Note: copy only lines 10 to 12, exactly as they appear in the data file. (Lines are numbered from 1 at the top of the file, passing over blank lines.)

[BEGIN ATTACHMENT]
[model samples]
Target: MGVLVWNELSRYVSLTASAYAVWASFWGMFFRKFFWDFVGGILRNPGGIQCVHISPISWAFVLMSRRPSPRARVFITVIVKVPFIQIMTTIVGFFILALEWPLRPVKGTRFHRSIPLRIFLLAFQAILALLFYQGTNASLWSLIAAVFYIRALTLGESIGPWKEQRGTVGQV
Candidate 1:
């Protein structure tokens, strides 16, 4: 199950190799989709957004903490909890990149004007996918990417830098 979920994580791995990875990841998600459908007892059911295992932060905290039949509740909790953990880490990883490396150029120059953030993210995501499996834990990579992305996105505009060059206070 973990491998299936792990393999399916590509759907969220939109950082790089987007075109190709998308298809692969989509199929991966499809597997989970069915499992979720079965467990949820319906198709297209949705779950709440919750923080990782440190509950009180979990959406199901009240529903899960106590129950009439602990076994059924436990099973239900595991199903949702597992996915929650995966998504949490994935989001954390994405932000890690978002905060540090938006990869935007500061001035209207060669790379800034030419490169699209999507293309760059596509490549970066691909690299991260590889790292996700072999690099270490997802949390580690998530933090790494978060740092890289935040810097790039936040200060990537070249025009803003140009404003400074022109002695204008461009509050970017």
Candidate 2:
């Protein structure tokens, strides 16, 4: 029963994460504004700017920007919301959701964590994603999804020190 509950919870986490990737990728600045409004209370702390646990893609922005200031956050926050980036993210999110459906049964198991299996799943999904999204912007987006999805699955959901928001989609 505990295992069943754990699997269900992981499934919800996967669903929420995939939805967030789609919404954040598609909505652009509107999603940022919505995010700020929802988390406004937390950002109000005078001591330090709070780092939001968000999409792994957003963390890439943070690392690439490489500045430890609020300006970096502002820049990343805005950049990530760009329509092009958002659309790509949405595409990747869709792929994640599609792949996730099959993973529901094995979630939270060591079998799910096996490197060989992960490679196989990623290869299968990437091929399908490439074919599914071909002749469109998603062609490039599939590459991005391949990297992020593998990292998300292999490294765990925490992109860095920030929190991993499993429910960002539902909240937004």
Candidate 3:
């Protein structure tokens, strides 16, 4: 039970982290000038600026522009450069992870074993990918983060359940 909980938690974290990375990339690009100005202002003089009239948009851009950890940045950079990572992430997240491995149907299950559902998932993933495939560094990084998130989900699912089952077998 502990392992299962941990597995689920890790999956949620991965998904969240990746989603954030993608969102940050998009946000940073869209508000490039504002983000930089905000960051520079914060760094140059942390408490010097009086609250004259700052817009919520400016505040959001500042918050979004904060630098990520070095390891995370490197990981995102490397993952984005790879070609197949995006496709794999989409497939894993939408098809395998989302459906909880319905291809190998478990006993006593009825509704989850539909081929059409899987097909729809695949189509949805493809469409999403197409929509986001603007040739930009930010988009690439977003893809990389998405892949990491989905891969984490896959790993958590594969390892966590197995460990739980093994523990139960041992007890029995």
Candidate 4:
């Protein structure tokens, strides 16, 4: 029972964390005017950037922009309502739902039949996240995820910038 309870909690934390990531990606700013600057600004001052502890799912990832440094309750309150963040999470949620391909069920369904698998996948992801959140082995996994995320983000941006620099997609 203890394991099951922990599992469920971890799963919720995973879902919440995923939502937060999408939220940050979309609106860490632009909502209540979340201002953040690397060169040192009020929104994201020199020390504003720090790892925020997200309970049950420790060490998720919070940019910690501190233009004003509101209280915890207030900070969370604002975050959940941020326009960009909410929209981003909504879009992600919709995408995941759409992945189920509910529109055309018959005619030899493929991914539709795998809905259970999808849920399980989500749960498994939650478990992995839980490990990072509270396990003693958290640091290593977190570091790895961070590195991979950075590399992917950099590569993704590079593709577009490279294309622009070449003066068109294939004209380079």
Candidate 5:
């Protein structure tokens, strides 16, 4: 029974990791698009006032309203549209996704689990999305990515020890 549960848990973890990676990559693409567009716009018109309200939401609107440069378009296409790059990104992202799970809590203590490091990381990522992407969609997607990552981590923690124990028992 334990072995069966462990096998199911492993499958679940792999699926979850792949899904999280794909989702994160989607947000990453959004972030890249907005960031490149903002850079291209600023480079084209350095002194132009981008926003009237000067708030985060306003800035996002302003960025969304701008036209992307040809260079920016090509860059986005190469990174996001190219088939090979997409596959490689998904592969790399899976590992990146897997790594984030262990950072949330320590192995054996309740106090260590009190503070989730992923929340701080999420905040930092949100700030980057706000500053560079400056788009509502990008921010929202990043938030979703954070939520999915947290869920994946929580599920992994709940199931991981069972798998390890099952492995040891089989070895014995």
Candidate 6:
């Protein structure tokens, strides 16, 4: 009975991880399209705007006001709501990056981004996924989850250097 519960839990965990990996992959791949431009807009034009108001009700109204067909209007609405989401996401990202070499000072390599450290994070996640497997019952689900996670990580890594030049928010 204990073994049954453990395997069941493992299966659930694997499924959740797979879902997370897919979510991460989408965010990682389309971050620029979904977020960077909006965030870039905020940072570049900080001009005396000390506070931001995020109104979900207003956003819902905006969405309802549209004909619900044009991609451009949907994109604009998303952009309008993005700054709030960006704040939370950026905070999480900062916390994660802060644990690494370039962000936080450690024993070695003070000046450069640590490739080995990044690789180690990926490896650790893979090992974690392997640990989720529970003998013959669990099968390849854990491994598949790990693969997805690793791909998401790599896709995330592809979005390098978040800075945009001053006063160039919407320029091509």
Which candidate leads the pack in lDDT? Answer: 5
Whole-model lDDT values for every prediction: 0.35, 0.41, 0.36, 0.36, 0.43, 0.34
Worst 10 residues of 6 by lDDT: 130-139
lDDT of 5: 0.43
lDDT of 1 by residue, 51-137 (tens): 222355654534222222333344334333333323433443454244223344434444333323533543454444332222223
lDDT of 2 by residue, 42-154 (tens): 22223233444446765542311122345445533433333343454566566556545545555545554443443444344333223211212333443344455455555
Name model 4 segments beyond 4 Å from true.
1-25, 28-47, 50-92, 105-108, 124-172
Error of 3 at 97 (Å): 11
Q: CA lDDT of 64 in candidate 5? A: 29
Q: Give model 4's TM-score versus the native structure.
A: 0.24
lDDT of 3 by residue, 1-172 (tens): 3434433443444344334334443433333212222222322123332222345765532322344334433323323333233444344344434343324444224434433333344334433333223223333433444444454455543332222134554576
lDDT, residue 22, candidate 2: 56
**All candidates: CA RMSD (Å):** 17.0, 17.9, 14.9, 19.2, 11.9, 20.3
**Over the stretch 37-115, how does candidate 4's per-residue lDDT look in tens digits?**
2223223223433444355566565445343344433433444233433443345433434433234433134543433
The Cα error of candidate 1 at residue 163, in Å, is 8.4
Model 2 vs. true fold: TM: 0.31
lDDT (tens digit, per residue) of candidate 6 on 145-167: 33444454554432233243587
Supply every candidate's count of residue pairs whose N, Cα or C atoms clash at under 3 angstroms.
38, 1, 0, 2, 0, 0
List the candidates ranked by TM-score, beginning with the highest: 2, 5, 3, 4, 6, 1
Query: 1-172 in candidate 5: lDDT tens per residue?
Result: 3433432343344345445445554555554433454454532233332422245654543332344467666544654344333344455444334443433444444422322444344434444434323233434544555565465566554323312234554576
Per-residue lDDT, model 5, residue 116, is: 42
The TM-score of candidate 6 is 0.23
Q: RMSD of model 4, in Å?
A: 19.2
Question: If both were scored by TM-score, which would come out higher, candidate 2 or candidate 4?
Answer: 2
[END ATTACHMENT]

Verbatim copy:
């Protein structure tokens, strides 16, 4: 029972964390005017950037922009309502739902039949996240995820910038 309870909690934390990531990606700013600057600004001052502890799912990832440094309750309150963040999470949620391909069920369904698998996948992801959140082995996994995320983000941006620099997609 203890394991099951922990599992469920971890799963919720995973879902919440995923939502937060999408939220940050979309609106860490632009909502209540979340201002953040690397060169040192009020929104994201020199020390504003720090790892925020997200309970049950420790060490998720919070940019910690501190233009004003509101209280915890207030900070969370604002975050959940941020326009960009909410929209981003909504879009992600919709995408995941759409992945189920509910529109055309018959005619030899493929991914539709795998809905259970999808849920399980989500749960498994939650478990992995839980490990990072509270396990003693958290640091290593977190570091790895961070590195991979950075590399992917950099590569993704590079593709577009490279294309622009070449003066068109294939004209380079």
Candidate 5:
């Protein structure tokens, strides 16, 4: 029974990791698009006032309203549209996704689990999305990515020890 549960848990973890990676990559693409567009716009018109309200939401609107440069378009296409790059990104992202799970809590203590490091990381990522992407969609997607990552981590923690124990028992 334990072995069966462990096998199911492993499958679940792999699926979850792949899904999280794909989702994160989607947000990453959004972030890249907005960031490149903002850079291209600023480079084209350095002194132009981008926003009237000067708030985060306003800035996002302003960025969304701008036209992307040809260079920016090509860059986005190469990174996001190219088939090979997409596959490689998904592969790399899976590992990146897997790594984030262990950072949330320590192995054996309740106090260590009190503070989730992923929340701080999420905040930092949100700030980057706000500053560079400056788009509502990008921010929202990043938030979703954070939520999915947290869920994946929580599920992994709940199931991981069972798998390890099952492995040891089989070895014995």